Asia is currently experiencing a period of extensive political and economic change. Recent leadership transitions in China and North Korea have bred both challenges and opportunities. The US has announced a pivot toward the Asia–Pacific region, but remains preoccupied by events in the Middle East. Japan’s economy appears to be recovering after a long period of stagnation, while Prime Minister Shinzo Abe is seemingly altering the fundamental tenets of the country’s security policy, which has remained unchanged for more than half a century. This presentation will provide a Japanese view of such key recent developments across the region. The event is co-organised by the Embassy of Japan in Finland, Discussing World Politics, the University of Helsinki, and the Finnish Institute of International Affairs.
Speaker: Ichiro Fujisaki, President, America–Japan Society, Inc; Distinguished Professor and Chairman of International Strategies, Sophia University, Tokyo; Distinguished Professor, Keio University, Tokyo; Former Ambassador of Japan to the US
Ichiro Fujisaki is President of the America–Japan Society, Inc., Distinguished Professor and Chairman of International Strategies at Sophia University, and Distinguished Professor of Keio University. Educated at Keio University, Brown University and Stanford Graduate School, he went on to become a Research Associate at the International Institute for Strategic Studies in London. Following his entry into the Foreign Ministry in 1969, he held posts in Jakarta, Paris and London before taking on more senior roles. These included Political Counsellor at the Embassy of Japan in London, Political Minister at the Embassy of Japan in Washington DC, Director General for North American Affairs and Deputy Foreign Minister. During the tenure of Deputy Foreign Minister, from 2002 to 2005, he served as a “Sherpa”, the personal representative of Prime Minister Junichiro Koizumi, for the G8 Summit Meetings. From 2005 to 2008 he served as Ambassador of Japan to the UN and World Trade Organisation (WTO) in Geneva, before taking up the post of Ambassador of Japan to the United States from 2008 to 2012.
Chair: Timo Kivimäki, Professor, Department of Political and Economic Studies, University of Helsinki
Summary of the seminar:
Professor Timo Kivimäki
opened the seminar and remarked that Asia has been exceptionally peaceful the past 35 years. However, this might change in the future. In his presentation, Professor Ichiro Fujisaki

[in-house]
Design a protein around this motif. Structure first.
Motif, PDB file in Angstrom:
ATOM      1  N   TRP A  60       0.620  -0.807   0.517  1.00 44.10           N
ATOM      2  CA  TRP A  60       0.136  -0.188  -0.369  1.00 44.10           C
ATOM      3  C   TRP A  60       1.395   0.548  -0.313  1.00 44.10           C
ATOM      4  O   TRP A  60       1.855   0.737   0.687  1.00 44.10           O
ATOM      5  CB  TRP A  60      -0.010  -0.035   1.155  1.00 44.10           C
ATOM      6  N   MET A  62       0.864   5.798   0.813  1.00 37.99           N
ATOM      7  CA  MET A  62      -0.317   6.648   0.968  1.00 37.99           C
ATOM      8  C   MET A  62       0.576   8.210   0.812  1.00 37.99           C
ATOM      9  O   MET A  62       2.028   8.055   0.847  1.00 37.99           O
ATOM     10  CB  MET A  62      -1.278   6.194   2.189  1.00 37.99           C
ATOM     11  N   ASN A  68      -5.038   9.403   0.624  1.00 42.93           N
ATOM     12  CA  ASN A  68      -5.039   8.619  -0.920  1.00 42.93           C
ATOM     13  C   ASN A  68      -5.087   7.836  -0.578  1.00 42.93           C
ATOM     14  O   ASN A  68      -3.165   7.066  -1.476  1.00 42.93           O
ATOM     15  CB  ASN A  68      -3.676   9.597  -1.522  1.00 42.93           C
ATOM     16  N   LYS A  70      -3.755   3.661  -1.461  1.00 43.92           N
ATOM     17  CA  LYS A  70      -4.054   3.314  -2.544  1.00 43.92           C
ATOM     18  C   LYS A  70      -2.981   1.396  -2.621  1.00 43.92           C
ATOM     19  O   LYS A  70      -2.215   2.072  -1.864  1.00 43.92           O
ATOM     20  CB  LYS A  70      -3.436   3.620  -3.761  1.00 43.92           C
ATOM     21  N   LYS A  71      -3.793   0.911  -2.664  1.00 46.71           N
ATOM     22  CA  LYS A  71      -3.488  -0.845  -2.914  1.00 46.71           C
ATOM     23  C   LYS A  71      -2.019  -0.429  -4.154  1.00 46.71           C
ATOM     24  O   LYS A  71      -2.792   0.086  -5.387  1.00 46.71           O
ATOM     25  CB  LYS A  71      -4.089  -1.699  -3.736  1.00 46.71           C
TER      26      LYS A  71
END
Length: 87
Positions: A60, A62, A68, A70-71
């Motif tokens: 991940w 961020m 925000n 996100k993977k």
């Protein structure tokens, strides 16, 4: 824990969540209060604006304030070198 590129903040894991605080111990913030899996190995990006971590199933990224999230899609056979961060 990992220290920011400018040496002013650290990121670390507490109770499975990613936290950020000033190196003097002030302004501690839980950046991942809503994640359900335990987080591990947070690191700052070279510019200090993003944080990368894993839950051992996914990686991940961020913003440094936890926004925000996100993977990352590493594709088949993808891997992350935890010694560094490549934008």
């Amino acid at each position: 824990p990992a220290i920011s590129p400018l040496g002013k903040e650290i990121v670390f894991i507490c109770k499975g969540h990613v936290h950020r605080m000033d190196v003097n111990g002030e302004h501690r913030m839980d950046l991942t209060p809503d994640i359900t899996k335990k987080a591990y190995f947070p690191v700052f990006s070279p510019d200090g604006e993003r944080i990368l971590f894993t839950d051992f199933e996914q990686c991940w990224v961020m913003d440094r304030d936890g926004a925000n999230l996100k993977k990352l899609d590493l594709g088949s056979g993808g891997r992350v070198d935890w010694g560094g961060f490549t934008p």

described the position of Japan in Asia by challenging three misleading notions. The first notion is a concern, that Japan will become a threat to other Asian nations. It is true that Japan has relaxed arms sales restrictions and is changing the interpretation of the constitution on collective self-defense. Yet, this does not mean that Japan would try to revise the history or it would start to re-arm itself. The Japanese are satisfied with the status quo in the region and they wish a peaceful solution to the island disputes on the Senkaku/Diaoyu Islands. The purpose of the changes has been to fortify the relations with the U.S., which has also supported the new interpretation of the constitution. The second notion to be questioned is the belief that the focus of Japan has turned excessively to Asia-Pacific. Although Japanese diplomacy is now concentrated on the Asia-Pacific, it has remained deeply committed to the rest of the world and it is e.g. the second largest contributor to the United Nations and number two donor to Iraq and Afghanistan. The third notion relates to the challenges faced by Japan’s economy. These include the financial crisis as well as the earthquake and tsunami in 2011. In spite of the difficulties Japan has faced, Prime Minister Shinzō Abe has managed to change the psychology of the economy back to positive. The fiscal stimulus and monetary easing have already succeeded, but the third “arrow” – structural reform – is still on its way.
The discussion with the audience dealt with different topics, including the future of nuclear power in Japan, its immigration policies, nationalism and the policies towards the UN and official development assistance. Prof. Fujisaki was also asked whether the Japanese are worried about the U.S. commitment in the region because of isolationist features in Congress and recent incidents in Ukraine and in Islamic states. Despite recent challenges, he sees the U.S.-Japan alliance as being crucial because of legal commitments but also because of Japan’s geographical position in between Hawaii, Guam and Diego Garcia. Japan has to support the U.S. because it relies on its external deterrent in the face of coming changes.